Only a couple of decades ago, Prince William County was one of the mostly white, somewhat rural, far-flung suburbs where Republican candidates went to accumulate the votes to win elections in Virginia.
Since then, Prince William has transformed. Open acreages have given way to town houses and gated developments, as the county — about a half-hour south of Washington — has risen to have the seventh-highest household income in the country and become the first county in Virginia where minorities make up more than half the population.
If Prince William looks like the future of the country, Democrats have so far developed a much more successful strategy of appealing to that future. On Tuesday, President Barack Obama beat Mitt Romney by almost 15 percentage points in Prince William, nearly doubling George W. Bush’s margin over Al Gore in 2000, helping Obama to a surprisingly large victory in Virginia.
He did it not only by winning Hispanic voters, but also by winning strong majorities of the growing number of Asian-American voters and of voters under the age of 40.
A version of his coalition in Virginia — a combination of minorities, women and younger adults — also helped Obama win Colorado, Nevada and perhaps Florida, which remained too close to call. He came close in North Carolina, a reliable state for Republicans only a few years ago that he narrowly won in 2008.
The demographic changes in the U.S. electorate have come with striking speed and have left many Republicans, who have not won as many electoral votes as Obama did on Tuesday in 24 years, concerned about their future. The Republican strategy of appealing mostly to white voters appears to have run into a demographic wall.
“Before, we thought it was an important issue, improving demographically," said Al Cardenas, the chairman of the American Conservative Union. “Now, we know it’s an essential issue. You have to ignore reality not to deal with this issue."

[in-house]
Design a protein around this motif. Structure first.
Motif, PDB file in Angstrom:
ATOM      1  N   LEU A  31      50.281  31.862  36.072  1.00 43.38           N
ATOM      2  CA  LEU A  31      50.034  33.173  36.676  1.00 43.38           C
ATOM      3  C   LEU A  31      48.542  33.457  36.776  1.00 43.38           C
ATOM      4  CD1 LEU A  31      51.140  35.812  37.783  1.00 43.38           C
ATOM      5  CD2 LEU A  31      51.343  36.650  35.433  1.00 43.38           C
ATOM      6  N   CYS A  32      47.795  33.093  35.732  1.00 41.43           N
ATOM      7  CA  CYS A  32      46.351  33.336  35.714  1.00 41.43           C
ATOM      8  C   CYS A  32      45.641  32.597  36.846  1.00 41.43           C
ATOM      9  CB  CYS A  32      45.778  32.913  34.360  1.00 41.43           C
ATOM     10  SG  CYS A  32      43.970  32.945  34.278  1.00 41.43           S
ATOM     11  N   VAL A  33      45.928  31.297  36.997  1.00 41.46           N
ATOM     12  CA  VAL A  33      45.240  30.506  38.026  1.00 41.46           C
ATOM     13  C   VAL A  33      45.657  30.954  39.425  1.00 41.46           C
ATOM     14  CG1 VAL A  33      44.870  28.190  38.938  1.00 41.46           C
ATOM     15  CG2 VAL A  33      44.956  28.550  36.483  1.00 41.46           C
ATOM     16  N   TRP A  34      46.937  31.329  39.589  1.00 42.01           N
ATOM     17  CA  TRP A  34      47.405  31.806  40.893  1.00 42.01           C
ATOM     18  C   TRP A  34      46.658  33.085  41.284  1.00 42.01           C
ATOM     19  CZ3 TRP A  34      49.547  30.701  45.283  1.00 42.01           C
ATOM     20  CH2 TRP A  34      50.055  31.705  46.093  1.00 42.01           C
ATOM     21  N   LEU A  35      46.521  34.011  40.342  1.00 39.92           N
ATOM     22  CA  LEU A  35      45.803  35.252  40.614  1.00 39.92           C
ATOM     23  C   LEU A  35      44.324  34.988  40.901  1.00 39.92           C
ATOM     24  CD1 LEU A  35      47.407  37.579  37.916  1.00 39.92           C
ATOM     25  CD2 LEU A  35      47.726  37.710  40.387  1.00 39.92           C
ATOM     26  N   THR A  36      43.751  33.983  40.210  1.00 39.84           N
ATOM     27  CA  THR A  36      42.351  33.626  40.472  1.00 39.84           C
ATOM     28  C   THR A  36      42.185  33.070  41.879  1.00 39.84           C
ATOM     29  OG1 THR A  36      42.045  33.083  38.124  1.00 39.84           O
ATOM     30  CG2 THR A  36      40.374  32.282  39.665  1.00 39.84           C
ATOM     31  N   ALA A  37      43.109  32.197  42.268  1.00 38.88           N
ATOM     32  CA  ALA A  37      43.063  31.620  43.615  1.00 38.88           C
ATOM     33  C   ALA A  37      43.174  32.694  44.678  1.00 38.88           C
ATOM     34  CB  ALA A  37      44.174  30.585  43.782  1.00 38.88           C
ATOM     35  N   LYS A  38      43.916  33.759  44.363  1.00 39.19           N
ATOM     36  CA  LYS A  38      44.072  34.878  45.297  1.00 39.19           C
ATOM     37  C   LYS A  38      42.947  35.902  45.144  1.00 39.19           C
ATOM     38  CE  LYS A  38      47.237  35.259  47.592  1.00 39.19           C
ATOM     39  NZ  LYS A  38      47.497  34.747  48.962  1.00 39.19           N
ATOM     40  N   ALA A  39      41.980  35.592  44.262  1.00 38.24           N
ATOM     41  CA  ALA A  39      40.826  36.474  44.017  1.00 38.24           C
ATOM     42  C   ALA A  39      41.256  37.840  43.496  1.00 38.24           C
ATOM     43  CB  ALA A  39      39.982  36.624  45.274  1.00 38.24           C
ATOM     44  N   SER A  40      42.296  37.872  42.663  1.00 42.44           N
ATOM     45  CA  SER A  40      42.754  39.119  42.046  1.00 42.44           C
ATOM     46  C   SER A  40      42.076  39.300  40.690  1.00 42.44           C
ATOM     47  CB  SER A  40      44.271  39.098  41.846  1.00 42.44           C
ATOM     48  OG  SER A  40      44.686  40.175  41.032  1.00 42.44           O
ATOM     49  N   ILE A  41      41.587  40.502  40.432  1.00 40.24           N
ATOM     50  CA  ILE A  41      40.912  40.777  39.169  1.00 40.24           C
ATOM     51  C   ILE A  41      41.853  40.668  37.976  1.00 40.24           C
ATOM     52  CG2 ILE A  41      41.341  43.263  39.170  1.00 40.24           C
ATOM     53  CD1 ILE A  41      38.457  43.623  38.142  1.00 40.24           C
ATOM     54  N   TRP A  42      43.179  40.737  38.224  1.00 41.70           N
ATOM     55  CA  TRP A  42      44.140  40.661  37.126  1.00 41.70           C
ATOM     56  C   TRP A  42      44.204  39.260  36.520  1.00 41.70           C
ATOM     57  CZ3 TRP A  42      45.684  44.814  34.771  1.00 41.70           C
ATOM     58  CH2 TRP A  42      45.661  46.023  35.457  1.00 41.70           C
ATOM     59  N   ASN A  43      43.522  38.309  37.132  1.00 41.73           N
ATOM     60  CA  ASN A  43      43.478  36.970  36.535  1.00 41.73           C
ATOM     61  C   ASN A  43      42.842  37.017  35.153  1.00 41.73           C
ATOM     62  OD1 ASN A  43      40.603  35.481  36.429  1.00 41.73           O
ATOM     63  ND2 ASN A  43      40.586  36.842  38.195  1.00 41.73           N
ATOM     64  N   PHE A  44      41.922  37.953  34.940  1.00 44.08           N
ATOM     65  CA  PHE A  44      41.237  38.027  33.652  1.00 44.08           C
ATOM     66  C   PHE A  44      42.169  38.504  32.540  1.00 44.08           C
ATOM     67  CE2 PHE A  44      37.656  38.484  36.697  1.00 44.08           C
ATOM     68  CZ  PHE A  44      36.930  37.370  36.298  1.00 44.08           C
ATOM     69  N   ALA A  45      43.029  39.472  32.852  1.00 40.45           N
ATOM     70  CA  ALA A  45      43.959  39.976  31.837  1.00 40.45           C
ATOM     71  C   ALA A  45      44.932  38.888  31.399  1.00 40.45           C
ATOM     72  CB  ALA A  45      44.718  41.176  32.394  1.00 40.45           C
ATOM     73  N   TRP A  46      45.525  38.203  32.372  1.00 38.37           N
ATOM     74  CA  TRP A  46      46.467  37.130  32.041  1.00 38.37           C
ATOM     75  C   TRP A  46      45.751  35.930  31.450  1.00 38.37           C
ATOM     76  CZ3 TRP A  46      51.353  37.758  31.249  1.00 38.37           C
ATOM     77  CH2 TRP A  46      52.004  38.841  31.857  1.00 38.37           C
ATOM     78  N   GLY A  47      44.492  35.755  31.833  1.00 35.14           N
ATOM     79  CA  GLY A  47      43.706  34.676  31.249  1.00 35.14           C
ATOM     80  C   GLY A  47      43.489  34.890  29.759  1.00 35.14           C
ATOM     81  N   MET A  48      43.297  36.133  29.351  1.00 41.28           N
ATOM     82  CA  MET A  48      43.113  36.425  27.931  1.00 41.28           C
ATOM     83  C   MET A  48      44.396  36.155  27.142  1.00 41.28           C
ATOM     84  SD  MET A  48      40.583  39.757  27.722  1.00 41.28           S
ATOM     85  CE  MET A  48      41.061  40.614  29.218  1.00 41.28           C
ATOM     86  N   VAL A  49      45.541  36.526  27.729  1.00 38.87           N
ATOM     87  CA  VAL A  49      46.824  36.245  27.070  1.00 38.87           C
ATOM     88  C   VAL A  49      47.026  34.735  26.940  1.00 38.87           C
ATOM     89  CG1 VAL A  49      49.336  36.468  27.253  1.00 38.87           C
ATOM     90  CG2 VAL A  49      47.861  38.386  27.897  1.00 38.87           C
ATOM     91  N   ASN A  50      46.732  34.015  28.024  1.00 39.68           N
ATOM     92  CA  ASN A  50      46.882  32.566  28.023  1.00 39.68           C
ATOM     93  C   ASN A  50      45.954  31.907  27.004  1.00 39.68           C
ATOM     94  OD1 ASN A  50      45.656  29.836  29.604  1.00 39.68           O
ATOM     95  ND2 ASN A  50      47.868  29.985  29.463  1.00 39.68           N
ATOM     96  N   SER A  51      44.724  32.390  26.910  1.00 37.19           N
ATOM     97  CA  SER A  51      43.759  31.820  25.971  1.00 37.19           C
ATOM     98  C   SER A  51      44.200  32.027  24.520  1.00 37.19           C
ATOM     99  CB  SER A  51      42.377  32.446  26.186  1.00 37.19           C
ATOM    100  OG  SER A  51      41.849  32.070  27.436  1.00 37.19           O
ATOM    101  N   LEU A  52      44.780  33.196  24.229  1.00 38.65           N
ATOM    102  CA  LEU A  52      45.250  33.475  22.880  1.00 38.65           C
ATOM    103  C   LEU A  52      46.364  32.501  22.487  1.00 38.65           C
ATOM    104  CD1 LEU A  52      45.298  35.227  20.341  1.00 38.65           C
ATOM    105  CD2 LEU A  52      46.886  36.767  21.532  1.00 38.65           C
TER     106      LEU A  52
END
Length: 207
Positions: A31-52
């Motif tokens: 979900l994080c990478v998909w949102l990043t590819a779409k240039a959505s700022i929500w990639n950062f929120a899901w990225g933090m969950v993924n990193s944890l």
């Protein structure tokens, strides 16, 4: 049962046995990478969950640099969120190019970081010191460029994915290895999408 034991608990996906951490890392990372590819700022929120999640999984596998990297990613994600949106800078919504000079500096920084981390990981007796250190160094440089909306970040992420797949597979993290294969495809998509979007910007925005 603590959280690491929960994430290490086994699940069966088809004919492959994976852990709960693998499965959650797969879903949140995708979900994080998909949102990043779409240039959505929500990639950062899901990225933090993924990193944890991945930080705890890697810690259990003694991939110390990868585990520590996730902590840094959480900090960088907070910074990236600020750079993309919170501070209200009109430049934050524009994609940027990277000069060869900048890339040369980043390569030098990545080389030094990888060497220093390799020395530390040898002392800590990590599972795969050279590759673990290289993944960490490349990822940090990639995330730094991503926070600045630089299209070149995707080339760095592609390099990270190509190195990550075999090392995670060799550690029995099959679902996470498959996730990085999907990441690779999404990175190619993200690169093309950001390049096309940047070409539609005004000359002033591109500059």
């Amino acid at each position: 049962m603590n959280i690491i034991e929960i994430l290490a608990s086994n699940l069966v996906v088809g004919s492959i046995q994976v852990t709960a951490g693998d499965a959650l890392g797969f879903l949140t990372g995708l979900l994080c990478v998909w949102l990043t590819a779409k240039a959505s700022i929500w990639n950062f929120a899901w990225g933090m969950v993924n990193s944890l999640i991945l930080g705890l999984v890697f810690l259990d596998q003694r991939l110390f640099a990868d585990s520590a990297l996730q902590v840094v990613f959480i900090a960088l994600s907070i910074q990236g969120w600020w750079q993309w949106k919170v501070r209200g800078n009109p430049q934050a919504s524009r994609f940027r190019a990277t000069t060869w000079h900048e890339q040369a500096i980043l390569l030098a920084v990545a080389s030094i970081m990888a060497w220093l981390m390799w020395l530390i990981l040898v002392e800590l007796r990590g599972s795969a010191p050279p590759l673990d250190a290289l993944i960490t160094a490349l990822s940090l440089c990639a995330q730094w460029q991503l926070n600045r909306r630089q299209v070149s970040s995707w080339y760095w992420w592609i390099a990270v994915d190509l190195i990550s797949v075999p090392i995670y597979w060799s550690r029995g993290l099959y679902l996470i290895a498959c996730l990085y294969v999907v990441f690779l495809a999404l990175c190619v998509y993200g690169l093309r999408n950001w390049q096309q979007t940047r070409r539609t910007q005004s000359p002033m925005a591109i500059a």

The central problem for Republicans is that the Democrats’ biggest constituencies are growing. Asian-Americans, for example, made up 3 percent of the electorate, up from 2 percent in 2008, and went for Obama by about 47 percentage points. Republicans increasingly rely on older white voters. And contrary to much conventional wisdom, voters do not necessarily grow more conservative as they age; until the last decade, a majority of both younger and older voters both tended to go to the winner of the presidential election.
This year, Obama managed to win a second term despite winning only 39 percent of white voters and 44 percent of voters older than 65, according to exit polls not yet finalized conducted by Edison Research.
Nothing in politics is permanent, and Republicans may soon find ways to appeal to minorities and younger voters. As Hispanic and Asian voters continue to move up the income scale, for example, more of them may turn skeptical about calls to raise taxes on the affluent.
And the Democrats may yet confront their own demographic challenges once they no longer have Obama and his billion-dollar campaign machine at the top of the ticket, guaranteeing record-breaking turnout among his new Democratic coalition. If turnout among blacks, Hispanics and younger voters — groups that have historically had comparatively low turnout rates — had declined slightly, Obama might have lost.
But the question for Republicans, people in the party say, is how to improve their image with voters they are already losing in large numbers.
“You don’t have to sell out on the issues and suddenly take on the Democratic position on taxes to win the black vote or the Latino vote or the women vote," said Corey Stewart, a Republican who is chairman of the Board of County Supervisors in Prince William. “But you do have to modulate your tone."